Angola's yellow fever outbreak remains highly concerning, with the disease still maintaining a foothold in hard-hit, highly populated Luanda district, despite the fact that more than 7 million people have now been vaccinated, the World Health Organization (WHO) said yesterday in its weekly update on the situation.
Local yellow fever transmission in under way in six of Angola's other highly populated provinces, with the mosquito-borne disease spreading to new provinces and districts, according to the WHO. Weak surveillance systems are struggling with identifying newly affected areas, especially in remote locations such as Cabinda province.
A related outbreak in urban areas of neighboring Democratic Republic of Congo (DRC) underscores the threat of international spread, especially to Namibia and Zambia where borders are porous and populations aren't usually vaccinated against yellow fever, the WHO said.
New developments since last week's report include confirmed cases and local spread in Angola's Namibe province, which borders Namibia. At the end of April, Namibia reported a suspected yellow fever case imported from Angola, but the patient tested negative for the disease on May 6. Namibia has requested 450,000 doses of yellow fever vaccine to use for travelers and refugees.
DRC, Uganda vaccination efforts
In DRC, 2.2 million doses of vaccine are set to arrive by the middle of May, with immunization campaigns targeted to parts of Kongo and Kinshasa provinces, according to the WHO.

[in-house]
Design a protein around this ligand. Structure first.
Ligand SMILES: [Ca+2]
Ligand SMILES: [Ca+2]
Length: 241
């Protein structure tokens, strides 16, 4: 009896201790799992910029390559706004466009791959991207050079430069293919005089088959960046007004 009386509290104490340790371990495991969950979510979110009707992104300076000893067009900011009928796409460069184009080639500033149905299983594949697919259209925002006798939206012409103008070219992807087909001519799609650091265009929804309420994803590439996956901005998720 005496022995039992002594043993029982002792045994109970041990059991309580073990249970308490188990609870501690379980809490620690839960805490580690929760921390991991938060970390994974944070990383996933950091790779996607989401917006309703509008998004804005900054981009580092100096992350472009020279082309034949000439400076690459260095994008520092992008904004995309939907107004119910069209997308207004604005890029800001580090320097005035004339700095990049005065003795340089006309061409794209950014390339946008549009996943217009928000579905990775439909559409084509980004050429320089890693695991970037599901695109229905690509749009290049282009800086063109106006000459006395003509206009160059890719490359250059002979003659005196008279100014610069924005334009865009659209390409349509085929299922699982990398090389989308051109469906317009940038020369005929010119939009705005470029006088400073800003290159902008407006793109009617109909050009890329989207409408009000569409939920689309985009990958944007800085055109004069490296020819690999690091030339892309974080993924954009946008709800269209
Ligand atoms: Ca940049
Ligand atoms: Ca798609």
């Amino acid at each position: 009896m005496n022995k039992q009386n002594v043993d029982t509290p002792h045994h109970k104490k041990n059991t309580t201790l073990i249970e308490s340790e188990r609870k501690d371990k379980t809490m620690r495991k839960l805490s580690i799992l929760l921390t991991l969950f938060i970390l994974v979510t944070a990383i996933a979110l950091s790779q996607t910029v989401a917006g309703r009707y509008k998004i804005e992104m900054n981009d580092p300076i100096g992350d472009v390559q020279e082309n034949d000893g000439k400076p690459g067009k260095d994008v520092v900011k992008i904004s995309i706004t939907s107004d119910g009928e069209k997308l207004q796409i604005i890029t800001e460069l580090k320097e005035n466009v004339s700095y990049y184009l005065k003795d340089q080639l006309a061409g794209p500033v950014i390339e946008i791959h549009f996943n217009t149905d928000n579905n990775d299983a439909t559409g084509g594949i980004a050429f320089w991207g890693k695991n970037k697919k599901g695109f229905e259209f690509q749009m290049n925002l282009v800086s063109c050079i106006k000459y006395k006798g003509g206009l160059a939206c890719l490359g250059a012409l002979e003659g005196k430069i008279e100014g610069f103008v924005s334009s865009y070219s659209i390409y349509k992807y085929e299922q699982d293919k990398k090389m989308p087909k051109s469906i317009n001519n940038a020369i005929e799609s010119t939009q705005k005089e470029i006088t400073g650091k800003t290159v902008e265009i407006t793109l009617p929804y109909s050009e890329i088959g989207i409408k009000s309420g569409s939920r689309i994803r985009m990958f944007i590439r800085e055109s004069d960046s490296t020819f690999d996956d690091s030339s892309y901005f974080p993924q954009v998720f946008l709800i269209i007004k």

Also, the WHO said the DRC has reported imported cases from two Angolan provinces where local transmission hasn't been reported: Cabinda and Zaire. Cabinda is separated from the rest of Angola by a narrow strip of land belonging to DRC, and the spread of yellow fever there threatens both DRC and the Republic of Congo, the province's neighbor to the north.
In Uganda, where a yellow fever outbreak is under way that isn't linked to Angola, the WHO said that, as of May 11, 51 suspected cases have been reported in seven districts, with 7 lab-confirmed cases in three districts. It added that 700,000 doses of yellow fever vaccine have arrived in the country for an immunization campaign that starts May 19.
Shift in affected African regions
In a backgrounder Q and A report yesterday on Angola's outbreak, the WHO said the location of Africa's yellow fever outbreaks since 2010 has shifted from West Africa—where vaccination programs have has made significant progress with disease control—to central and East Africa, where no mass immunization campaigns have been conducted.
Though yellow fever in Angola is endemic, the outbreak is its first since 1988, when the country registered 37 cases and 14 deaths.
Given the limited supply of vaccine, the WHO said shipments typically meant for routine immunization in endemic countries have been temporarily prioritized to the three outbreak countries and that it and partners are working with prequalified vaccine makers to increase global production.
The WHO said it is looking at ways to stretch the limited supply. Approved vaccines are more potent than required, and clinical studies have shown that using the doses more sparingly could present an option. "Experts are exploring both the feasibility of this option, and the circumstances in which it could be used," the WHO added.
May 12 WHO yellow fever situation report
May 12 WHO Q and A backgrounder